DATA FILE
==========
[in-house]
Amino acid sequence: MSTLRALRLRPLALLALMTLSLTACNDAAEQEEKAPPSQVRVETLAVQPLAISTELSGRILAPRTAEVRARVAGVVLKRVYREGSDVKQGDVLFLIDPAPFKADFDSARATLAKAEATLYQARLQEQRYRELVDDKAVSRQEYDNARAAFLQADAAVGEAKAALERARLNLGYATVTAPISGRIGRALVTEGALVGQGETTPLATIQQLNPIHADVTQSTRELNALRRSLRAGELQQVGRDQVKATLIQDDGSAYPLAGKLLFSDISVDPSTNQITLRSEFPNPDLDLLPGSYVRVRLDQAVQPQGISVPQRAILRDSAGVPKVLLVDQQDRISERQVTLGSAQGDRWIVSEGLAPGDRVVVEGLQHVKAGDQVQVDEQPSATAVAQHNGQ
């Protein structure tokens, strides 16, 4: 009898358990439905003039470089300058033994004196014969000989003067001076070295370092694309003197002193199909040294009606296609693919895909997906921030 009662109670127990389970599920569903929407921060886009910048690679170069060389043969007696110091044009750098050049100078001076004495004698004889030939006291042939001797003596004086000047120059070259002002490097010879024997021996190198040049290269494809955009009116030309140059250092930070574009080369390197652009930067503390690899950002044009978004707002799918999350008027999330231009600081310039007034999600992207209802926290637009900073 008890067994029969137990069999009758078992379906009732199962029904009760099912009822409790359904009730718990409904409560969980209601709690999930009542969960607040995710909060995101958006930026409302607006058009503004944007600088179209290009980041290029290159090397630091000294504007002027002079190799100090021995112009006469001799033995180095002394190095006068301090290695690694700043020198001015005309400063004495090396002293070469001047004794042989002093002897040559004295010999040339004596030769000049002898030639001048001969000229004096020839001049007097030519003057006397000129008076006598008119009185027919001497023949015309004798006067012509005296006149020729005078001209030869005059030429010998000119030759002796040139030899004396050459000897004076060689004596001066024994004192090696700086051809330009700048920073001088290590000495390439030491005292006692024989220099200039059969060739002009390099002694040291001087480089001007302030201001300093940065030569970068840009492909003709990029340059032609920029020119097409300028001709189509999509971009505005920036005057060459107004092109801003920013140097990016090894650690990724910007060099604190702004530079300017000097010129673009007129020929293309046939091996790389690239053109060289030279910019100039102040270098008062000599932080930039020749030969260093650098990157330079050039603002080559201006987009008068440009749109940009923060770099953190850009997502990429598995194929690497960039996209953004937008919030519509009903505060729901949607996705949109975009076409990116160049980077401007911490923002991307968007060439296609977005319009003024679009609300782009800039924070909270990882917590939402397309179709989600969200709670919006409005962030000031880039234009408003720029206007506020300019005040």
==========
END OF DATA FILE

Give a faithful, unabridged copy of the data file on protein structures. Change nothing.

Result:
[in-house]
Amino acid sequence: MSTLRALRLRPLALLALMTLSLTACNDAAEQEEKAPPSQVRVETLAVQPLAISTELSGRILAPRTAEVRARVAGVVLKRVYREGSDVKQGDVLFLIDPAPFKADFDSARATLAKAEATLYQARLQEQRYRELVDDKAVSRQEYDNARAAFLQADAAVGEAKAALERARLNLGYATVTAPISGRIGRALVTEGALVGQGETTPLATIQQLNPIHADVTQSTRELNALRRSLRAGELQQVGRDQVKATLIQDDGSAYPLAGKLLFSDISVDPSTNQITLRSEFPNPDLDLLPGSYVRVRLDQAVQPQGISVPQRAILRDSAGVPKVLLVDQQDRISERQVTLGSAQGDRWIVSEGLAPGDRVVVEGLQHVKAGDQVQVDEQPSATAVAQHNGQ
């Protein structure tokens, strides 16, 4: 009898358990439905003039470089300058033994004196014969000989003067001076070295370092694309003197002193199909040294009606296609693919895909997906921030 009662109670127990389970599920569903929407921060886009910048690679170069060389043969007696110091044009750098050049100078001076004495004698004889030939006291042939001797003596004086000047120059070259002002490097010879024997021996190198040049290269494809955009009116030309140059250092930070574009080369390197652009930067503390690899950002044009978004707002799918999350008027999330231009600081310039007034999600992207209802926290637009900073 008890067994029969137990069999009758078992379906009732199962029904009760099912009822409790359904009730718990409904409560969980209601709690999930009542969960607040995710909060995101958006930026409302607006058009503004944007600088179209290009980041290029290159090397630091000294504007002027002079190799100090021995112009006469001799033995180095002394190095006068301090290695690694700043020198001015005309400063004495090396002293070469001047004794042989002093002897040559004295010999040339004596030769000049002898030639001048001969000229004096020839001049007097030519003057006397000129008076006598008119009185027919001497023949015309004798006067012509005296006149020729005078001209030869005059030429010998000119030759002796040139030899004396050459000897004076060689004596001066024994004192090696700086051809330009700048920073001088290590000495390439030491005292006692024989220099200039059969060739002009390099002694040291001087480089001007302030201001300093940065030569970068840009492909003709990029340059032609920029020119097409300028001709189509999509971009505005920036005057060459107004092109801003920013140097990016090894650690990724910007060099604190702004530079300017000097010129673009007129020929293309046939091996790389690239053109060289030279910019100039102040270098008062000599932080930039020749030969260093650098990157330079050039603002080559201006987009008068440009749109940009923060770099953190850009997502990429598995194929690497960039996209953004937008919030519509009903505060729901949607996705949109975009076409990116160049980077401007911490923002991307968007060439296609977005319009003024679009609300782009800039924070909270990882917590939402397309179709989600969200709670919006409005962030000031880039234009408003720029206007506020300019005040």